Located in the Russian city of Kazan, the colorful Temple of All Religions, or Universal Temple is a mish-mash of architectural flourishes culled from most of the major world religions to create an uber-complex where all religions can come together in harmony.
Established by philanthropist Ildar Khanov in 1992, the site is not actually a chapel in the traditional sense but is instead a center meant to stand as a symbol of religious unity. Khanov was an active proponent of rehabilitation services and, having overseen a few in his lifetime, built the center with the help of patients he met through his work. The exterior of the Temple looks almost like something out of a Disneyland Small World display, with a Greek Orthodox dome here and a Russian minaret there. There are influences culled from Jewish synagogues and Islamic mosques, and a number of spires and bells. All said the Temple incorporates architectural influences from 16 separate religions in a bright cacophony of devotion.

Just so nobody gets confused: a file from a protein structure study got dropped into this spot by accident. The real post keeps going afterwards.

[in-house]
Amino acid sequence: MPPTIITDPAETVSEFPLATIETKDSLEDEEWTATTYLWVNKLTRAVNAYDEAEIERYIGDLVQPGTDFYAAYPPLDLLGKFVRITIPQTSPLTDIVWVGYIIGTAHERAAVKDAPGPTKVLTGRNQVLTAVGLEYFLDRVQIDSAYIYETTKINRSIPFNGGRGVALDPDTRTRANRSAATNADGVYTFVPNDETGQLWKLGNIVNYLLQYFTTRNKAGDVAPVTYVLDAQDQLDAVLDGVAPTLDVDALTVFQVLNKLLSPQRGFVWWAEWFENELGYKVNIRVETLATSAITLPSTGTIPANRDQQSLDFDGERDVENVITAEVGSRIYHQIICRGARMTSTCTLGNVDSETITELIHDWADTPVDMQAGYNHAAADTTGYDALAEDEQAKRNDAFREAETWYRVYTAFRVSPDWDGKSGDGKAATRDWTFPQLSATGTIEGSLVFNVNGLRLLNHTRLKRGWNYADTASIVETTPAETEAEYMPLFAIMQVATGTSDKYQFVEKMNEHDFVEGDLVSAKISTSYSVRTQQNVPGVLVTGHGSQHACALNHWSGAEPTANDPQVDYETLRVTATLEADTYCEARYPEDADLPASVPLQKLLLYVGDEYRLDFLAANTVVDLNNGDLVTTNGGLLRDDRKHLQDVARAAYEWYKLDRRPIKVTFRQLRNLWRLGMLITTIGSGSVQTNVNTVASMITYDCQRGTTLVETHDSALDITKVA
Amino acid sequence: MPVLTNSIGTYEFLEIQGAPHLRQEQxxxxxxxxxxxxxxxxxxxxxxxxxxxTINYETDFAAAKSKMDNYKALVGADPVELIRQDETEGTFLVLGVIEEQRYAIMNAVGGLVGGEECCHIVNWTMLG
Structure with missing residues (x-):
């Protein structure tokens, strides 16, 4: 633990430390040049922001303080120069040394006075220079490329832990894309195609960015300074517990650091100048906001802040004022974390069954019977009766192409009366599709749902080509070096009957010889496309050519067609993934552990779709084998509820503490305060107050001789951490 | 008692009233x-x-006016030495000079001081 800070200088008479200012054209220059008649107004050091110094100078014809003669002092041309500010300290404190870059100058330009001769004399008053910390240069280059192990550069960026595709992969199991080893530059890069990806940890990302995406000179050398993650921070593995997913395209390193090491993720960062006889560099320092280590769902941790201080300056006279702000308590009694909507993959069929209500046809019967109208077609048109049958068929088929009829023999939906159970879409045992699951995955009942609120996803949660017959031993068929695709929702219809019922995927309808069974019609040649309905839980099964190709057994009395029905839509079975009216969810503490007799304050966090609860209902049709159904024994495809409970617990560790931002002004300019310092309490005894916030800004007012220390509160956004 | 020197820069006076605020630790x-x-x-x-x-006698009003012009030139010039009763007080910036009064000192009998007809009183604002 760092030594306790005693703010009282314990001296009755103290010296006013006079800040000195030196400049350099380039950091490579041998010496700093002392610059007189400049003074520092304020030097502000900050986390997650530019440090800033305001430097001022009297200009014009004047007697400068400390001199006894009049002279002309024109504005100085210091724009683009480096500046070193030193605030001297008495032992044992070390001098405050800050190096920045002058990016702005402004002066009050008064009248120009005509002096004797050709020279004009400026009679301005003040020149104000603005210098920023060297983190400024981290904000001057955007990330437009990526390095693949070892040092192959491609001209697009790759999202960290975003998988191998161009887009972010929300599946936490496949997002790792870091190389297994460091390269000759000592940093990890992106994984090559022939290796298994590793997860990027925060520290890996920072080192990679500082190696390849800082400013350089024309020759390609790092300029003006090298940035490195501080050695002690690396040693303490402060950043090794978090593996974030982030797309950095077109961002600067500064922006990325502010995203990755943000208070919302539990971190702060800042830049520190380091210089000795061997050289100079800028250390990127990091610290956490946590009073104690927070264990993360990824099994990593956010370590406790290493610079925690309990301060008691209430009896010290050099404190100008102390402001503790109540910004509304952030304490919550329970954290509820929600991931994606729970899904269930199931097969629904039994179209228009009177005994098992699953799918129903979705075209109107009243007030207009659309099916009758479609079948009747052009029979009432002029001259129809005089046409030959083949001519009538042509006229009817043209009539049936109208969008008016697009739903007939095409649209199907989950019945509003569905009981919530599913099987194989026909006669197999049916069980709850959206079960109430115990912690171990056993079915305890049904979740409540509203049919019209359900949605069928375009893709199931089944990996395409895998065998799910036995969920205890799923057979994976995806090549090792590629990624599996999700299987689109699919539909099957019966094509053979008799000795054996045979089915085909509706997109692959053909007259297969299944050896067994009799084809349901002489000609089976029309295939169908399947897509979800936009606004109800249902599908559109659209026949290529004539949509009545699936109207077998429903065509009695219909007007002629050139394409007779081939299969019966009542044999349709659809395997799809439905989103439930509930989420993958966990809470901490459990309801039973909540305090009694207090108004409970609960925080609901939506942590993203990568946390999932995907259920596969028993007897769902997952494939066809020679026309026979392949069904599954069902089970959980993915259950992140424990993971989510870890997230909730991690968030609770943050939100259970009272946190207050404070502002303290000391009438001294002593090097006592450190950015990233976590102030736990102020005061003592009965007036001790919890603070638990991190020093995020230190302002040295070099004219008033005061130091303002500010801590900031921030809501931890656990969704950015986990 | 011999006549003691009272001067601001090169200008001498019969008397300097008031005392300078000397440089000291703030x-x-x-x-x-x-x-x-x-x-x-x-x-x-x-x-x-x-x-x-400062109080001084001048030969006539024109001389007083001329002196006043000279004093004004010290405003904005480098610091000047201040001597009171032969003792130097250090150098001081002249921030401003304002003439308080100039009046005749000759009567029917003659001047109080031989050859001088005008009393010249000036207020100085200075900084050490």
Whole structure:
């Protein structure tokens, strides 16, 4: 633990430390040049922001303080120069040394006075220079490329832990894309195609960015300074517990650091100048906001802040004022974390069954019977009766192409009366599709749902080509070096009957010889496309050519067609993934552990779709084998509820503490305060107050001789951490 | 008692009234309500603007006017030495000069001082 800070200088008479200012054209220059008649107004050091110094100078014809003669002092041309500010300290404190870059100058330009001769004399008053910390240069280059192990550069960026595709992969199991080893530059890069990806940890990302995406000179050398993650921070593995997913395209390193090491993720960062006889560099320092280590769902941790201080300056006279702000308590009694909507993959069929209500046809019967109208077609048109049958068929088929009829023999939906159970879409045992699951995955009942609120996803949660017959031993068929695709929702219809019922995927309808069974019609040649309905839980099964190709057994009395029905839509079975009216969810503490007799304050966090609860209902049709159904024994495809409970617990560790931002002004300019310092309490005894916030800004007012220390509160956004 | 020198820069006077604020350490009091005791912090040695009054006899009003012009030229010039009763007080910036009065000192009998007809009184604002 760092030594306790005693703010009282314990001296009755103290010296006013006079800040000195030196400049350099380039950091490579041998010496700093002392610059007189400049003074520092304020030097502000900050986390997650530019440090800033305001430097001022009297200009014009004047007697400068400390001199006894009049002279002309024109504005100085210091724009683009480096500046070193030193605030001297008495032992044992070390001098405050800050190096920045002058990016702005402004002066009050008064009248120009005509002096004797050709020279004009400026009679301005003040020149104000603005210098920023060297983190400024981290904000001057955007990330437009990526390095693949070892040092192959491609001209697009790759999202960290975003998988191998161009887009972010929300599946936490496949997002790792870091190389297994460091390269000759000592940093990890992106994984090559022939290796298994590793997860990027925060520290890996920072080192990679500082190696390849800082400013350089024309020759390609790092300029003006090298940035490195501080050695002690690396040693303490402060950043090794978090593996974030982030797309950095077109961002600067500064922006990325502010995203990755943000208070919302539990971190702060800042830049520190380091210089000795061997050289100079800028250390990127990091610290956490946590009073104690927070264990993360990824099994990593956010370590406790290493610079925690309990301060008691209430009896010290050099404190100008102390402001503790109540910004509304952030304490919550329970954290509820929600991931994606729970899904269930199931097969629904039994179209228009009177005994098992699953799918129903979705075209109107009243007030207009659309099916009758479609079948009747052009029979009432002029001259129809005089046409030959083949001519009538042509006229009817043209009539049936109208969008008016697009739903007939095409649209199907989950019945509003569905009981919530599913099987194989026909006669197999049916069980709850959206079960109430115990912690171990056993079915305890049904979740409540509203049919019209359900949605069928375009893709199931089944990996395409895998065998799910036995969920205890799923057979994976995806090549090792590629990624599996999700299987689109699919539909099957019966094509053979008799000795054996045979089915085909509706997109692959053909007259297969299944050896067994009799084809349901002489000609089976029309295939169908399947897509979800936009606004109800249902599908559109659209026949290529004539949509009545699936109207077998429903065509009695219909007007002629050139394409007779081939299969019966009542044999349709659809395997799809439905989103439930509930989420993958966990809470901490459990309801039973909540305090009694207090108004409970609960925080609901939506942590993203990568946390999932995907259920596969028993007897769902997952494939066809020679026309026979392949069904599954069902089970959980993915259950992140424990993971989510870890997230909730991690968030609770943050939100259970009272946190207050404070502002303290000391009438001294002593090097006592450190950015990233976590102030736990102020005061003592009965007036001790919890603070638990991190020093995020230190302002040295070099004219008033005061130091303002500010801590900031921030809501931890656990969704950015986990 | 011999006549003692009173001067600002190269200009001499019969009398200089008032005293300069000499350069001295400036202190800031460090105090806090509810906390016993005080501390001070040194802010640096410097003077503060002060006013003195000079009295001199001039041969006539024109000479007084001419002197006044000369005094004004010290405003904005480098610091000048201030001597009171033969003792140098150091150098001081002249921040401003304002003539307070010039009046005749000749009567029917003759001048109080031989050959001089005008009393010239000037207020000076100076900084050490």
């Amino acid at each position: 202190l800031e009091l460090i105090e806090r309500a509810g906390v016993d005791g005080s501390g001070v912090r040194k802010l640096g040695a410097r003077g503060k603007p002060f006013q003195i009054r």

Khanov and his assistants lived at the site, working continually on the construction until Khanov’s death in 2013. Today the Temple is still not freely open to the public but Khanov’s associates still live on site and continue his work on the center.
Know Before You Go
You can reach the temple from Kazan by bus number 2 (leaves from railway station). Part of the building has been recently damaged by fire, but some rooms of the complex are open to visit. In June 2018, the temple was actually open and a ticket cost about 50 roebel.